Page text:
Casilear passed away in 1893 at the age of eighty-two in Saratoga Springs, New York. He earned a sterling reputation with critics throughout his career; his eulogy at the National Academy of Design remarked upon the “refinement of color and softness of atmospheric effect that won him considerable distinction.” In his Book of Artists, the critic Henry T. Tuckerman wrote: “The rectitude of his character and the refined accuracy of his original profession are exhibited in his pictures. They are finished with great care; and the subjects chosen with fastidious taste; the habit of dealing strictly with form, gives a curious correctness to the details of his work; there is nothing dashing, daring, or off-hand; all is correct, delicate, and indicative of sincere finding of the truth.”6 Casilear exhibited widely during his lifetime at venues such as the American Art Union, Apollo Association, Artists’ Fund Society, Boston Art Club, Boston Athenaeum, Brooklyn Art Association, Maryland Historical Society, National Academy of Design, Pennsylvania Academy of the Fine Arts, and Washington Art Association. His works can be found in the collections of the Brooklyn Museum, Metropolitan Museum of Art, National Gallery of Art, and Museum of Fine Arts, Boston.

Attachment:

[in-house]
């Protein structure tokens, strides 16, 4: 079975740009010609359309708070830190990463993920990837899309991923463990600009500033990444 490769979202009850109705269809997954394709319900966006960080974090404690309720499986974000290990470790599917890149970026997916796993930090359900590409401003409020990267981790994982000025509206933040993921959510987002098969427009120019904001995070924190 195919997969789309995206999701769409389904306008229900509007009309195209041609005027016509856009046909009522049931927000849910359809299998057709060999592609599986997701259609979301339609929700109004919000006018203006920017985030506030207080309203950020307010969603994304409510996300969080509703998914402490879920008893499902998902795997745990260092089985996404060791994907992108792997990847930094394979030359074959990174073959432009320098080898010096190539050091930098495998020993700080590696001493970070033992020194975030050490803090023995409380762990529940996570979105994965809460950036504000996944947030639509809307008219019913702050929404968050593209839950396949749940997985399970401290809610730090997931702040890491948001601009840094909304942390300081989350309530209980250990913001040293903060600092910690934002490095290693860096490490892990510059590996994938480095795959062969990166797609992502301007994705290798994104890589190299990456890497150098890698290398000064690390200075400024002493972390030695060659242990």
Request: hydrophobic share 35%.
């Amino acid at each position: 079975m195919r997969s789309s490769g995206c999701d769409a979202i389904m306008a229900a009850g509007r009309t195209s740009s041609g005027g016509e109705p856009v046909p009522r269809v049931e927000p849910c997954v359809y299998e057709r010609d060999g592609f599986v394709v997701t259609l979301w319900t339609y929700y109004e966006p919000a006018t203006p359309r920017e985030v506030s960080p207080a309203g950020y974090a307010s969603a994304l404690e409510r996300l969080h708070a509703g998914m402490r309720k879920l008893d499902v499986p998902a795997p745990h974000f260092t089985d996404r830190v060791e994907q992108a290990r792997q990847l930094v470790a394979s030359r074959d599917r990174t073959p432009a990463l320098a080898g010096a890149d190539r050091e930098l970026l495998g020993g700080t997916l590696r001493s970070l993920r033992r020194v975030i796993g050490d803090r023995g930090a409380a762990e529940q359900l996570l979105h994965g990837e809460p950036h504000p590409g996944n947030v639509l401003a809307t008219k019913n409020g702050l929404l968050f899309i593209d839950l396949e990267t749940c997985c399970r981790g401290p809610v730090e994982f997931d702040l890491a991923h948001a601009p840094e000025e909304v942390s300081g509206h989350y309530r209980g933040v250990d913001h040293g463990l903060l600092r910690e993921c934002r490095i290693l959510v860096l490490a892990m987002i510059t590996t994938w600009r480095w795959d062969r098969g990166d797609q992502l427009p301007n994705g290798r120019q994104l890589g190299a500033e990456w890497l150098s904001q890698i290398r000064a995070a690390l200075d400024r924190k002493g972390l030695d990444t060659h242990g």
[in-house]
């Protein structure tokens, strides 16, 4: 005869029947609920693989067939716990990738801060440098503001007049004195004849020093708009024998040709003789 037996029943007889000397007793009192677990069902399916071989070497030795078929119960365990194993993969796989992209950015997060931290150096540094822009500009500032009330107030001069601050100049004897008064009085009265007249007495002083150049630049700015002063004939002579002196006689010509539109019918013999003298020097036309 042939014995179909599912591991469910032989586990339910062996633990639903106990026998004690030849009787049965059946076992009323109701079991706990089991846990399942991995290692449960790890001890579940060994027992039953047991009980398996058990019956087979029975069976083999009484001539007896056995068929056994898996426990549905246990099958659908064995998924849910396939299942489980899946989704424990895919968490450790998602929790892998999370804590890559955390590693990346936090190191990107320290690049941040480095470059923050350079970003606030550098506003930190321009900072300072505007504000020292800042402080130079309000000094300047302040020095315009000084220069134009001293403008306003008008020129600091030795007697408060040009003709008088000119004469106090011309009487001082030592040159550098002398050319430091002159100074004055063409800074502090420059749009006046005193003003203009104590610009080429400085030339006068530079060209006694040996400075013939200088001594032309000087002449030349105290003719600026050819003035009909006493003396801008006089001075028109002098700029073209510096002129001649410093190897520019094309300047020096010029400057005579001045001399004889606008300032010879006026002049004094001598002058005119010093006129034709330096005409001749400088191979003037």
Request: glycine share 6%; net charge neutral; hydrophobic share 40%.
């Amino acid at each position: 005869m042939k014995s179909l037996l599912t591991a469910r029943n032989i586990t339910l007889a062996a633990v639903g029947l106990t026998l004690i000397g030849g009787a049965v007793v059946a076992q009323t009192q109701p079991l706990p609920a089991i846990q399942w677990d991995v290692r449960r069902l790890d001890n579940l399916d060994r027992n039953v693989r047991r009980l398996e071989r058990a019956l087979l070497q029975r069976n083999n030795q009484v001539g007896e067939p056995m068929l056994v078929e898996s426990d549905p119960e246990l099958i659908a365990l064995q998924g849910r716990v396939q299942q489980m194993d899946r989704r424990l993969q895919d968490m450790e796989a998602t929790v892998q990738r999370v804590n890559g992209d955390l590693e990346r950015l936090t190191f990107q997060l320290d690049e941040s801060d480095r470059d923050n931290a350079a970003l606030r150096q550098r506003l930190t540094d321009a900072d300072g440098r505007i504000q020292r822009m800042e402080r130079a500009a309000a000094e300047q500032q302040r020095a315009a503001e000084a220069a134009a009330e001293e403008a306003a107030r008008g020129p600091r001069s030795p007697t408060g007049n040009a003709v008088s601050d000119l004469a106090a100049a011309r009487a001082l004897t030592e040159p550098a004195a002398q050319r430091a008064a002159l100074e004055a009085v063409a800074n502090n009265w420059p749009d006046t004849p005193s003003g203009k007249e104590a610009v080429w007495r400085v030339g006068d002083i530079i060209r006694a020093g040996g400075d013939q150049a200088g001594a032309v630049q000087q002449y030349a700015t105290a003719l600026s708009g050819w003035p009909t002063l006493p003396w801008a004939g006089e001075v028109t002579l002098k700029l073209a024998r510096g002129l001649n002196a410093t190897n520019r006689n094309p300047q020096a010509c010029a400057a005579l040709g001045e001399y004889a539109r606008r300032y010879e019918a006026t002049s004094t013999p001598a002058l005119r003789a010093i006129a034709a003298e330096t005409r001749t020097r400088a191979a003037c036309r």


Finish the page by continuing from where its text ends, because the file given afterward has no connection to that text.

1811 Born on June 25th in New York City.
1826 Began studying with the engraver Peter Maverick in Newark, New Jersey.
1831 Began studying landscape painting with the artist Asher B. Durand after Peter Maverick’s death.
1833 First exhibited engravings at the National Academy of Design and elected an Associate Member of the National Academy of Design.
1840 Toured Europe with Asher B. Durand, John F. Kensett, and Thomas P. Rossiter.
1843 Returned to the United States after European sojourn.
1845 First exhibited at the American Art Union.
1847 First exhibited at the Boston Athenaeum.
1850 First sketching trip to the White Mountains in New Hampshire.
1851 Elected an Academician of the National Academy of Design.
1854 Opened a studio in New York City.
1855 First exhibited at the Pennsylvania Academy of the Fine Arts.